Some have said human resources is a declining field. Other have put it more dramatically, saying that the HR department is doomed.
Don’t worry. They’re wrong.
Undoubtedly software has changed how HR functions, and those changes are here to stay. But rather than mean the end of the HR department, the nine HR technology experts and practitioners that Software Advice interviewed predicted these changes will provide HR professionals with opportunities for growth. This article lays out what will change and why, as well as how HR professionals can prepare. Change, it seems, is good.
Prediction 1: In-house HR will downsize while outsourcing will increase.
This prediction might seem somewhat, well, predictable. However, the reasons our experts give for the change may surprise you.
Brian Sommer, industry analyst and founder of TechVentive, claims HR departments will become smaller as new technologies allow employees to participate directly in HR processes. He explains, “Many businesses are going to get a lot of capability done by better technology, more self-service and the employee doing a lot on their own.”
And while employees begin to shoulder a larger part of HR’s administrative duties through self-service portals, Dr. Janice Presser, CEO of The Gabriel Institute, predicts many transaction-heavy HR jobs will be outsourced entirely. In fact, Dr. Presser goes so far as to say, “Entry-level HR jobs, as they currently exist, will all but disappear as transactional tasks are consigned to outsourced services.”
But despite the shrinking size of in-house HR, the human resources function will endure. As Chip Luman, the COO of HireVue, explains, “Given the ongoing regulatory environment, the need to pay, provide benefits, manage employee relations issues, and process information will go on.”
Prediction 2: Strategic will be in-house HR’s new core competence.
The smaller HR department that remains in-house will have to reposition itself as a strategic partner within the business. In fact, over half the experts emphasized that the move toward strategic partnership must happen--or else. Dr. Presser says in-house HR will need to have, “The ability to make accurate projections based on understanding the goals of the business and using metrics that describe more than lagging indicators, such as how long it takes to fill a job or the per-employee training spend.”
The strategy role cannot be outsourced--good news for all those in-house HR folks. As Dr. Presser says, “Strategic planning requires in-house expertise.”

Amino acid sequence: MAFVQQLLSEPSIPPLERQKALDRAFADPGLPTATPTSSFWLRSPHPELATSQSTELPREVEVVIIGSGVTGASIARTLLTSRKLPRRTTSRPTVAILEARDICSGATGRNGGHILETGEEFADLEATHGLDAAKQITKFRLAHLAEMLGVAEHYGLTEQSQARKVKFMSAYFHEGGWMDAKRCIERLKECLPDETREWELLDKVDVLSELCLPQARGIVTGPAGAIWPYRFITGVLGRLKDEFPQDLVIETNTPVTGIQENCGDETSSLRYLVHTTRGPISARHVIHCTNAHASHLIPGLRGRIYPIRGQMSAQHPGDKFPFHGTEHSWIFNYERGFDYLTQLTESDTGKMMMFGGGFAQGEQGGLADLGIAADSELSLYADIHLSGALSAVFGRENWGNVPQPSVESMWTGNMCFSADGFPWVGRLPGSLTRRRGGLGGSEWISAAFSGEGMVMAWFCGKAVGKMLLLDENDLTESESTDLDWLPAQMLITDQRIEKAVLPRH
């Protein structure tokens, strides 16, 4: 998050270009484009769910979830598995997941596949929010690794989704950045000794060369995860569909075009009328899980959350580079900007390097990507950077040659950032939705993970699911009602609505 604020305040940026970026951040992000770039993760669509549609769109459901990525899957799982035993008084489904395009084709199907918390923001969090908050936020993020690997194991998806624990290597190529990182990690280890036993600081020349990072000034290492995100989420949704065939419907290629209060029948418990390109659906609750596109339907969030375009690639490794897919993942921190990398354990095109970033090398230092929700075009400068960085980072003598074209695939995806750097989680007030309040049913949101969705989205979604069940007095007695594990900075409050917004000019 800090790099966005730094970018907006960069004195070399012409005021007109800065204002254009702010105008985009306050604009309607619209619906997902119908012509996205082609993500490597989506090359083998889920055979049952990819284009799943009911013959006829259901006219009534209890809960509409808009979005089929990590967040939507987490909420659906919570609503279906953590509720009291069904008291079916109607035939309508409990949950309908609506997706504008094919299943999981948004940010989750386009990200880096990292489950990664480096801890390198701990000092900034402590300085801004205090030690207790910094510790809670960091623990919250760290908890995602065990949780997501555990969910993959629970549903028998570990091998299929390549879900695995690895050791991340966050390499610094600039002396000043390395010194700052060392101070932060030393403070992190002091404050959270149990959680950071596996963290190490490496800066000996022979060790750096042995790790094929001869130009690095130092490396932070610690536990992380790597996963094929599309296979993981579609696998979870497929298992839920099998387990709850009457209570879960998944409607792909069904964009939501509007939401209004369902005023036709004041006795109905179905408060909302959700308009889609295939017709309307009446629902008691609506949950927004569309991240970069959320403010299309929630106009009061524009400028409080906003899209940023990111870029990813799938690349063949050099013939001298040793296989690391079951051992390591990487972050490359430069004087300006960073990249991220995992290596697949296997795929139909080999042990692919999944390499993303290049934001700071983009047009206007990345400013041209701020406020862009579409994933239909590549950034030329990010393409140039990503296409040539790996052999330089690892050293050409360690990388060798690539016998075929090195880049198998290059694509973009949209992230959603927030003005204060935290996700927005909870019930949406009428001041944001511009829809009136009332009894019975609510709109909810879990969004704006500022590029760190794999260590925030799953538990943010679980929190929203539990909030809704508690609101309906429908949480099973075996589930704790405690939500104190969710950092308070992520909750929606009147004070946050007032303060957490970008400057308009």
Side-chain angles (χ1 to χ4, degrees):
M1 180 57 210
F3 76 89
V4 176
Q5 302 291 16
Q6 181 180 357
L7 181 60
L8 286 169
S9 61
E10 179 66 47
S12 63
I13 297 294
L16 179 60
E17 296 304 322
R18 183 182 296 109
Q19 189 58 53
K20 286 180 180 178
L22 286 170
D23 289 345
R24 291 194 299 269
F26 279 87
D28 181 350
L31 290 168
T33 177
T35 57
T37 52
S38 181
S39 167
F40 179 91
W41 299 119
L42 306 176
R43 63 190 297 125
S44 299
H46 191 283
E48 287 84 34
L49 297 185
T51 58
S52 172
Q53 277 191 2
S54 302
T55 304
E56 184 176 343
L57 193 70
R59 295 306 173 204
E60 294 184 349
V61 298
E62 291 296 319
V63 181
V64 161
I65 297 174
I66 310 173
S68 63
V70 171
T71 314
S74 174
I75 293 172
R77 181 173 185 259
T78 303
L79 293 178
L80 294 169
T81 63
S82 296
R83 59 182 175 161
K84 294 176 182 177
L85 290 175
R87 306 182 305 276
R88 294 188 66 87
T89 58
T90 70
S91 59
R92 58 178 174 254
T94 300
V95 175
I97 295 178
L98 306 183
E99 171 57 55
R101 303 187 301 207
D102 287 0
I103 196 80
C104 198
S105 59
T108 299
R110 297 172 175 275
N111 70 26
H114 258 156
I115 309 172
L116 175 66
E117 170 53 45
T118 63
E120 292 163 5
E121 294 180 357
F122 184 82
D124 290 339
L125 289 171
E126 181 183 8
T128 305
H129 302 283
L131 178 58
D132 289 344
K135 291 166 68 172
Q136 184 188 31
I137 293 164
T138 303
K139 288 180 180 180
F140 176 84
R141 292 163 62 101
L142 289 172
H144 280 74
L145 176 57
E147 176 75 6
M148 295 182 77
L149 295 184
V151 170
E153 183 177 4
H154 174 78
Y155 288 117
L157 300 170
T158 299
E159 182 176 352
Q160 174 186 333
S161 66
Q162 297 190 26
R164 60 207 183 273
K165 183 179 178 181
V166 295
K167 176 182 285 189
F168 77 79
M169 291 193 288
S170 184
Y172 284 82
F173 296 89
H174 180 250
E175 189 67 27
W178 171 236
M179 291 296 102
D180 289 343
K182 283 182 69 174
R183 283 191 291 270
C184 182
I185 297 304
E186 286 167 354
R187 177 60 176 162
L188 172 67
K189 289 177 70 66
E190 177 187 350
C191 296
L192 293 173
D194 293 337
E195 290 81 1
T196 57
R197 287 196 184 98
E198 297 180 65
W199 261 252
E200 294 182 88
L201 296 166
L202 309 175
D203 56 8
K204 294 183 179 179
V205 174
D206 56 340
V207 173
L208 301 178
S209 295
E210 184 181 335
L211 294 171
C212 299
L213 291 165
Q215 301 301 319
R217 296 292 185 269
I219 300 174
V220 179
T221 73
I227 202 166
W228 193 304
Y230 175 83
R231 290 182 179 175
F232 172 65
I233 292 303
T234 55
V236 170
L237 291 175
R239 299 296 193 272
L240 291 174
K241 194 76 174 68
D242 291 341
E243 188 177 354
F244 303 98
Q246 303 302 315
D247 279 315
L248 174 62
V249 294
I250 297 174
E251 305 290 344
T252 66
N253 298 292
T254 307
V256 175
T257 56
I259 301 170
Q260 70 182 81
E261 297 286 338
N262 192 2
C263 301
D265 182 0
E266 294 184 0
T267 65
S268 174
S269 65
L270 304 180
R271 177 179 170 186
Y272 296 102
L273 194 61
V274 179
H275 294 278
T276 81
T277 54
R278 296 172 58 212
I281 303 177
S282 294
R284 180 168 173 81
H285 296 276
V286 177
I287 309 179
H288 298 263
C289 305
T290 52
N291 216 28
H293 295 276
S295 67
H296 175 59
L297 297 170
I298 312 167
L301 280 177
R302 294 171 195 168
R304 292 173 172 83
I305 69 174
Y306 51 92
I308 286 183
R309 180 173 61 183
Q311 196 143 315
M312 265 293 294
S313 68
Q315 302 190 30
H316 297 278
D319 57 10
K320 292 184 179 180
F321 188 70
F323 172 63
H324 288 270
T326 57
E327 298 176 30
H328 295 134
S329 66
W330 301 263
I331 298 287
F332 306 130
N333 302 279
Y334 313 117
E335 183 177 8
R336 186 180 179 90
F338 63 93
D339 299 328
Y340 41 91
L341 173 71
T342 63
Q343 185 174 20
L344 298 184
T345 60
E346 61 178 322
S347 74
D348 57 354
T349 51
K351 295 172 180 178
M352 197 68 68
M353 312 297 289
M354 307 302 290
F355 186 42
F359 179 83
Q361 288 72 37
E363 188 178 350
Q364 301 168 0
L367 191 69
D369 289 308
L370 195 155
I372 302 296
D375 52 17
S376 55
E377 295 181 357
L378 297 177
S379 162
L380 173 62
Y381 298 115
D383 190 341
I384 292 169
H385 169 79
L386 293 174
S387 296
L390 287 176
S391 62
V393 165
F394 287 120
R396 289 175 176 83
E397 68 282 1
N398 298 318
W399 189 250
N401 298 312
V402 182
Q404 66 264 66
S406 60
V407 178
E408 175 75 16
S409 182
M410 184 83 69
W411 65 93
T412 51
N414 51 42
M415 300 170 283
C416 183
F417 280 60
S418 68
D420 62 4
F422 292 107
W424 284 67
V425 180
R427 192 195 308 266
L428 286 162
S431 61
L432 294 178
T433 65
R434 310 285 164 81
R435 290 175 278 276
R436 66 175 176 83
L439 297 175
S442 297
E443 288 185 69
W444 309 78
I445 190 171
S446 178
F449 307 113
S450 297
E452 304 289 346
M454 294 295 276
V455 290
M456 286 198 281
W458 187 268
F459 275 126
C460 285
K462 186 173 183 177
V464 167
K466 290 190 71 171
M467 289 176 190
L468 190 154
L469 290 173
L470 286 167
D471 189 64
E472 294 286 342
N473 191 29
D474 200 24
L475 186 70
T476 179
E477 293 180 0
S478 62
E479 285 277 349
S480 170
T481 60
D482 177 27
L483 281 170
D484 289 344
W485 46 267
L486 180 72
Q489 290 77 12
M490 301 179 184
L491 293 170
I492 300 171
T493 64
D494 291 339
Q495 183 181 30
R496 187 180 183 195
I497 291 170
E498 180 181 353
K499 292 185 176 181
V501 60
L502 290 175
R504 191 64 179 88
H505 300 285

In fact, Brashears, the director of Human Capital Consulting at Trinet HR, predicts the swing toward more strategic roles may even drive the creation of new job titles. As she explains, “HR Professionals will likely transition into HR Business Professionals who not only understand HR implications but also business operations and strategy.”
Prediction 3: The pendulum will swing back to the specialist.
Janine Truitt, the founder of The Aristocracy of HR blog, says she has observed a generalist-specialist cycle in the HR field during her time in the industry. As she explains, “Every decade or so we fluctuate back and forth from the paradigm of the independent contributor/specialist to the generalist practitioner. We were in a ‘generalist’ mode and now I think the pendulum may be swinging back toward the specialist.”
But for Luman, there will be no future shift back toward the generalist. He states, “HR generalists as we know them will disappear.”
Brashears agrees, noting “There will be more specialized roles. I believe this to be the case as the employment landscape becomes more complex with changing regulations around employment law and benefit compliance with the Affordable Care Act.”
Preparing for 2020
As strategy becomes more important for in-house HR, and specialists become more prevalent, what can current HR professionals begin doing now to prepare? The experts all endorse one tactic: keep learning---risk-taking and networking will help, too.
Dr. Presser advises those in the field to “Get ahead of the curve. Realize that many of today’s ‘best practices’ evolved under very different business conditions, and may well become obsolete within this decade. Learn everything you can about your industry, your competitors, and pending legislation that affects your business operations. Most of all, define yourself as a businessperson and act accordingly.”
Additionally, Lynda Zugec, Founder and Chairman of The Workforce Consultants, says in this brave new world, failure should be welcomed as a learning tool. As she says, “In the changing HR landscape of today, failure is embraced because it means that you were brave enough to ‘give it a shot’ and also that you now have more information regarding what works and what doesn't work than before. Eventually, if you keep exploring different avenues, you are bound to succeed.”
Finally, Luman encourages HR practitioners and analysts to develop their own personal brand. As he says, “Network inside and outside of your field. Blog, communicate, read and help others achieve success. If you are not outside of your comfort zone, you are stagnating.”
Erin Osterhaus is the managing editor of Software Advice's HR blog,The New Talent Times. She focuses on the HR market, offering advice to industry professionals on the best recruiting, talent management and leadership techniques. You can follow her on Twitterand Google+ or, contact her directly at firstname.lastname@example.org.
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